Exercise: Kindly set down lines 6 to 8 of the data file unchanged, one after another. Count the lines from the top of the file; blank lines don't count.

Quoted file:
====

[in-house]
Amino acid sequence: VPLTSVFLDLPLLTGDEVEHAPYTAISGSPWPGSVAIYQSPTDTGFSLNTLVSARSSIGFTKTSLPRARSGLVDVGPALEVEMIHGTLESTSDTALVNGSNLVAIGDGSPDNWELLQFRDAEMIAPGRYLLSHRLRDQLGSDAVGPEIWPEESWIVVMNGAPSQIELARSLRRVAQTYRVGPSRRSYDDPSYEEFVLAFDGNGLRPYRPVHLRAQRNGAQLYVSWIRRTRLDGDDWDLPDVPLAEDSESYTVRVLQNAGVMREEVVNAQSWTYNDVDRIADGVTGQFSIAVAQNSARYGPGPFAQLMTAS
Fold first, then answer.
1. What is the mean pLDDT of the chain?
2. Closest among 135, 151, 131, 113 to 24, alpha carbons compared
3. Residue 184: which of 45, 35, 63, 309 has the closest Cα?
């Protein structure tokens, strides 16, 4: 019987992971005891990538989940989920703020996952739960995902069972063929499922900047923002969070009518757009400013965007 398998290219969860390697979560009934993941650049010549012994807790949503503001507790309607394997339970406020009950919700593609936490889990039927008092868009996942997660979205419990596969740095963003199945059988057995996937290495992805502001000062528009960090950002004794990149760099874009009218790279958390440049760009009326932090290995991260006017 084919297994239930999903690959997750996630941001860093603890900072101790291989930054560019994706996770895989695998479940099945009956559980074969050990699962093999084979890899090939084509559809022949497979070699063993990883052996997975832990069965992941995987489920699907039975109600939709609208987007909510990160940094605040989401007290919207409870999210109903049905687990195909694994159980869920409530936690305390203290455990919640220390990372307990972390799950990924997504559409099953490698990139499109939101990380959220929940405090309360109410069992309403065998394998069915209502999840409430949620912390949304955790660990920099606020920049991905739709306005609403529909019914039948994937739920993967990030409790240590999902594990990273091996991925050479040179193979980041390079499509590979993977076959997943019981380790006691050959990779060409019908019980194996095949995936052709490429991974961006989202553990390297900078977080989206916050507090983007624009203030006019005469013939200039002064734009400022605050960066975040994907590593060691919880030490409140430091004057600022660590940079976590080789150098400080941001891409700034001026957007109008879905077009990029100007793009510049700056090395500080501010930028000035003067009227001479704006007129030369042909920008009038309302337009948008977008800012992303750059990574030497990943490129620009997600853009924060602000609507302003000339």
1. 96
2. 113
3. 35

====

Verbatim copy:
3. Residue 184: which of 45, 35, 63, 309 has the closest Cα?
């Protein structure tokens, strides 16, 4: 019987992971005891990538989940989920703020996952739960995902069972063929499922900047923002969070009518757009400013965007 398998290219969860390697979560009934993941650049010549012994807790949503503001507790309607394997339970406020009950919700593609936490889990039927008092868009996942997660979205419990596969740095963003199945059988057995996937290495992805502001000062528009960090950002004794990149760099874009009218790279958390440049760009009326932090290995991260006017 084919297994239930999903690959997750996630941001860093603890900072101790291989930054560019994706996770895989695998479940099945009956559980074969050990699962093999084979890899090939084509559809022949497979070699063993990883052996997975832990069965992941995987489920699907039975109600939709609208987007909510990160940094605040989401007290919207409870999210109903049905687990195909694994159980869920409530936690305390203290455990919640220390990372307990972390799950990924997504559409099953490698990139499109939101990380959220929940405090309360109410069992309403065998394998069915209502999840409430949620912390949304955790660990920099606020920049991905739709306005609403529909019914039948994937739920993967990030409790240590999902594990990273091996991925050479040179193979980041390079499509590979993977076959997943019981380790006691050959990779060409019908019980194996095949995936052709490429991974961006989202553990390297900078977080989206916050507090983007624009203030006019005469013939200039002064734009400022605050960066975040994907590593060691919880030490409140430091004057600022660590940079976590080789150098400080941001891409700034001026957007109008879905077009990029100007793009510049700056090395500080501010930028000035003067009227001479704006007129030369042909920008009038309302337009948008977008800012992303750059990574030497990943490129620009997600853009924060602000609507302003000339």
1. 96